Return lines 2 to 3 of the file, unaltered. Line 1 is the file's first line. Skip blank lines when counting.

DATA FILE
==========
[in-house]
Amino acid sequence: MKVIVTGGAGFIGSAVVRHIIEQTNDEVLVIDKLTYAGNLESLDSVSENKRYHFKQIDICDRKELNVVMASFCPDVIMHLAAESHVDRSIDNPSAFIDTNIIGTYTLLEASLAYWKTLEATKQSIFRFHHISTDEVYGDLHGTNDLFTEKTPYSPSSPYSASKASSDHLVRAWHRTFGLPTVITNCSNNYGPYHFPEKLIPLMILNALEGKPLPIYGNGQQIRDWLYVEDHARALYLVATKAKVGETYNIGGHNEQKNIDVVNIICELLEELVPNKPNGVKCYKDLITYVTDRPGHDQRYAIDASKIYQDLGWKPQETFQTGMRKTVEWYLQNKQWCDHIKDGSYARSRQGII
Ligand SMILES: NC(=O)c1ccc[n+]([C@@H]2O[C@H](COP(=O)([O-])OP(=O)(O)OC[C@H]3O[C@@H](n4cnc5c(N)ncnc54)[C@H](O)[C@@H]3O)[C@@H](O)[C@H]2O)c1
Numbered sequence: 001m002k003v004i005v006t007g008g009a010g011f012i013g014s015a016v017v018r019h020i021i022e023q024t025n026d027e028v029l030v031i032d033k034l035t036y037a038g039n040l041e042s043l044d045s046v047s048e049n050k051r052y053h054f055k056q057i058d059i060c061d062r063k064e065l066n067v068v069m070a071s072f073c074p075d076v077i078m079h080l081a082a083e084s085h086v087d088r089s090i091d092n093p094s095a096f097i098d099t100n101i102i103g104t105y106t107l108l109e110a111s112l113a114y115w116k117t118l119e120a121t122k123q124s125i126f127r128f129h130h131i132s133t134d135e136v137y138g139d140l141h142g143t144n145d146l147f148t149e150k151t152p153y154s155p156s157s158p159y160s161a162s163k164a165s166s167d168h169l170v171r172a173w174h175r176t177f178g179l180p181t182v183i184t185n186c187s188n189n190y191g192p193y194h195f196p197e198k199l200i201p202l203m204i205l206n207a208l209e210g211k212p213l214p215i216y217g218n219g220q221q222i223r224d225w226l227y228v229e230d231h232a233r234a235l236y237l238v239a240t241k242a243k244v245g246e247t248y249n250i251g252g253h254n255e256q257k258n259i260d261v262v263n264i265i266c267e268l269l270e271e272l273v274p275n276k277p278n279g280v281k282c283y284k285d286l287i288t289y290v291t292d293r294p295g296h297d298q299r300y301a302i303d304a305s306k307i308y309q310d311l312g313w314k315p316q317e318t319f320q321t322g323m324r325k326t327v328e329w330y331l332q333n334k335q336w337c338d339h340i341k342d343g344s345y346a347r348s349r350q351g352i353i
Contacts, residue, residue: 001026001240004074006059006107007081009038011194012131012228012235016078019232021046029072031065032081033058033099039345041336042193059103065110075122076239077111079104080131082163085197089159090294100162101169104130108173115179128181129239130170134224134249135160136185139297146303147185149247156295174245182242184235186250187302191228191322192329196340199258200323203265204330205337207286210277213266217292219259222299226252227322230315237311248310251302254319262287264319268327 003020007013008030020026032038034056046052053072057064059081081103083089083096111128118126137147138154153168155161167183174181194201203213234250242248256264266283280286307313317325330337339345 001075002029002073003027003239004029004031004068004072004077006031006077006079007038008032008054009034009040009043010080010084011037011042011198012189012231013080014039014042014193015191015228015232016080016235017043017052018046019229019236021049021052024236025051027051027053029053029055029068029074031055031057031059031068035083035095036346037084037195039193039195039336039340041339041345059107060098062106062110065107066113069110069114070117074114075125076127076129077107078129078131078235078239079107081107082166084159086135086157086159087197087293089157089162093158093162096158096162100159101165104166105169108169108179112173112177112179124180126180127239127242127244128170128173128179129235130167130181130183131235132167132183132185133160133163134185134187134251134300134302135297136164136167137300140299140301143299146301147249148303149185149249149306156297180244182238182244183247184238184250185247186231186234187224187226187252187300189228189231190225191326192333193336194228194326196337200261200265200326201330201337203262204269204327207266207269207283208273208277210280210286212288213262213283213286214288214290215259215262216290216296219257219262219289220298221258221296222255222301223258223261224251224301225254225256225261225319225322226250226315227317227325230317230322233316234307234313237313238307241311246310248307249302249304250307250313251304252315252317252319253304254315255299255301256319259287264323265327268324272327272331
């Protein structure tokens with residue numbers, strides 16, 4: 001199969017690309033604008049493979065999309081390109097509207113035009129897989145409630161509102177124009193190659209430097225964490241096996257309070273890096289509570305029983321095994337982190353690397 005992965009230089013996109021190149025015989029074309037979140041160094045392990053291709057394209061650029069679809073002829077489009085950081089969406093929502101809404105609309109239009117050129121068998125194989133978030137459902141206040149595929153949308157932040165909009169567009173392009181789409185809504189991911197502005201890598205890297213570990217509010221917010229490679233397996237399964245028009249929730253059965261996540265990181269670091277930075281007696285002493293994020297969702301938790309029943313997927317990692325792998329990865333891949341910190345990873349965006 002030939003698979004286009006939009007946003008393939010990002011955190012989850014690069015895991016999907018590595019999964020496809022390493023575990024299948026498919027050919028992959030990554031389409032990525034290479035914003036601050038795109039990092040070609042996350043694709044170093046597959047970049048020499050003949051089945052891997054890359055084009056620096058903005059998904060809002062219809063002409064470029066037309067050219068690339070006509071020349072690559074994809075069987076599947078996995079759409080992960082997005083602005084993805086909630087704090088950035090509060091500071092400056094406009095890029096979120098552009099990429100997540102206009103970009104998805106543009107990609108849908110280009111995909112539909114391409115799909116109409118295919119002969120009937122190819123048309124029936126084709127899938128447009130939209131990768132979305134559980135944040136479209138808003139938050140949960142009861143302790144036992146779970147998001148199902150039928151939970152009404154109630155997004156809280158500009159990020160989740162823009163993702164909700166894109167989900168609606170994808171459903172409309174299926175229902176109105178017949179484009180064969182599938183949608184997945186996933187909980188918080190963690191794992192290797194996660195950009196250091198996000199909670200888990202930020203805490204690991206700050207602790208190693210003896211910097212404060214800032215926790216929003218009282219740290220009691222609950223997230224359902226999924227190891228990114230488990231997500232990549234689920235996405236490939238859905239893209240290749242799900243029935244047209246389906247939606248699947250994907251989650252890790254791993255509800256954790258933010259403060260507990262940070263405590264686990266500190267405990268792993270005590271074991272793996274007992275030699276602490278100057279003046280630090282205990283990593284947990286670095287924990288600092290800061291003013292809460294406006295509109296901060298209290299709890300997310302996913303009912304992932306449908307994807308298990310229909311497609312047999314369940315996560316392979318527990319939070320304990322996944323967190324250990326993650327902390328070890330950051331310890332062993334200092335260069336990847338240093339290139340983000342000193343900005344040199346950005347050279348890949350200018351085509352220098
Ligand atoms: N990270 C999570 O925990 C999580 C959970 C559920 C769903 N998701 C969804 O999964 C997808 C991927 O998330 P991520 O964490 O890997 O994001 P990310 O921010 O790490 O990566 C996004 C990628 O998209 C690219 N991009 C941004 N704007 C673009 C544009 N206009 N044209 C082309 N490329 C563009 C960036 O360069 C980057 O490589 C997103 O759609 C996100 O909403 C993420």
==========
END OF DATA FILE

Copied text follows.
Amino acid sequence: MKVIVTGGAGFIGSAVVRHIIEQTNDEVLVIDKLTYAGNLESLDSVSENKRYHFKQIDICDRKELNVVMASFCPDVIMHLAAESHVDRSIDNPSAFIDTNIIGTYTLLEASLAYWKTLEATKQSIFRFHHISTDEVYGDLHGTNDLFTEKTPYSPSSPYSASKASSDHLVRAWHRTFGLPTVITNCSNNYGPYHFPEKLIPLMILNALEGKPLPIYGNGQQIRDWLYVEDHARALYLVATKAKVGETYNIGGHNEQKNIDVVNIICELLEELVPNKPNGVKCYKDLITYVTDRPGHDQRYAIDASKIYQDLGWKPQETFQTGMRKTVEWYLQNKQWCDHIKDGSYARSRQGII
Ligand SMILES: NC(=O)c1ccc[n+]([C@@H]2O[C@H](COP(=O)([O-])OP(=O)(O)OC[C@H]3O[C@@H](n4cnc5c(N)ncnc54)[C@H](O)[C@@H]3O)[C@@H](O)[C@H]2O)c1